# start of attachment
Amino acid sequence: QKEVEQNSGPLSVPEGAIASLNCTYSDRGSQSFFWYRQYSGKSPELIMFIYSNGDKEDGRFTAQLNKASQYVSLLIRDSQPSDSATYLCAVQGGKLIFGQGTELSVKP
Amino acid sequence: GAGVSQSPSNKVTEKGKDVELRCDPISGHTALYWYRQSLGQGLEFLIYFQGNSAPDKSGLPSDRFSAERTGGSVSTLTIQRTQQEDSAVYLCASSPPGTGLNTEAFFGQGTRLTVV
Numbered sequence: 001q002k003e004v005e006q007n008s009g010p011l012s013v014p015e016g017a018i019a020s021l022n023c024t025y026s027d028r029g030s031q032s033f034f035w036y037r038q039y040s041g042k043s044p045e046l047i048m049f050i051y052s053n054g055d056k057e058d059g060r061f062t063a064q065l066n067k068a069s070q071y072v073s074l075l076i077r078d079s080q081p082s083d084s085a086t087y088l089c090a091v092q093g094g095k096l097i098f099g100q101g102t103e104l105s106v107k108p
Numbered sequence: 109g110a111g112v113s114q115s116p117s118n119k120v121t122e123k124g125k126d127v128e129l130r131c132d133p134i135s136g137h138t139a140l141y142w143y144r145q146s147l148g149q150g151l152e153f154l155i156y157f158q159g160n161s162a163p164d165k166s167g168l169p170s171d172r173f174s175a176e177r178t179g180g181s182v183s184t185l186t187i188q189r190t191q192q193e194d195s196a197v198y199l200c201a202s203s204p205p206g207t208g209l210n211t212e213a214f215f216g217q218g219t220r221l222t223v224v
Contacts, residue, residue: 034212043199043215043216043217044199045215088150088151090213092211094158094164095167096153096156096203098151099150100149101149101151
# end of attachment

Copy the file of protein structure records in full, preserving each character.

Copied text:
Amino acid sequence: QKEVEQNSGPLSVPEGAIASLNCTYSDRGSQSFFWYRQYSGKSPELIMFIYSNGDKEDGRFTAQLNKASQYVSLLIRDSQPSDSATYLCAVQGGKLIFGQGTELSVKP
Amino acid sequence: GAGVSQSPSNKVTEKGKDVELRCDPISGHTALYWYRQSLGQGLEFLIYFQGNSAPDKSGLPSDRFSAERTGGSVSTLTIQRTQQEDSAVYLCASSPPGTGLNTEAFFGQGTRLTVV
Numbered sequence: 001q002k003e004v005e006q007n008s009g010p011l012s013v014p015e016g017a018i019a020s021l022n023c024t025y026s027d028r029g030s031q032s033f034f035w036y037r038q039y040s041g042k043s044p045e046l047i048m049f050i051y052s053n054g055d056k057e058d059g060r061f062t063a064q065l066n067k068a069s070q071y072v073s074l075l076i077r078d079s080q081p082s083d084s085a086t087y088l089c090a091v092q093g094g095k096l097i098f099g100q101g102t103e104l105s106v107k108p
Numbered sequence: 109g110a111g112v113s114q115s116p117s118n119k120v121t122e123k124g125k126d127v128e129l130r131c132d133p134i135s136g137h138t139a140l141y142w143y144r145q146s147l148g149q150g151l152e153f154l155i156y157f158q159g160n161s162a163p164d165k166s167g168l169p170s171d172r173f174s175a176e177r178t179g180g181s182v183s184t185l186t187i188q189r190t191q192q193e194d195s196a197v198y199l200c201a202s203s204p205p206g207t208g209l210n211t212e213a214f215f216g217q218g219t220r221l222t223v224v
Contacts, residue, residue: 034212043199043215043216043217044199045215088150088151090213092211094158094164095167096153096156096203098151099150100149101149101151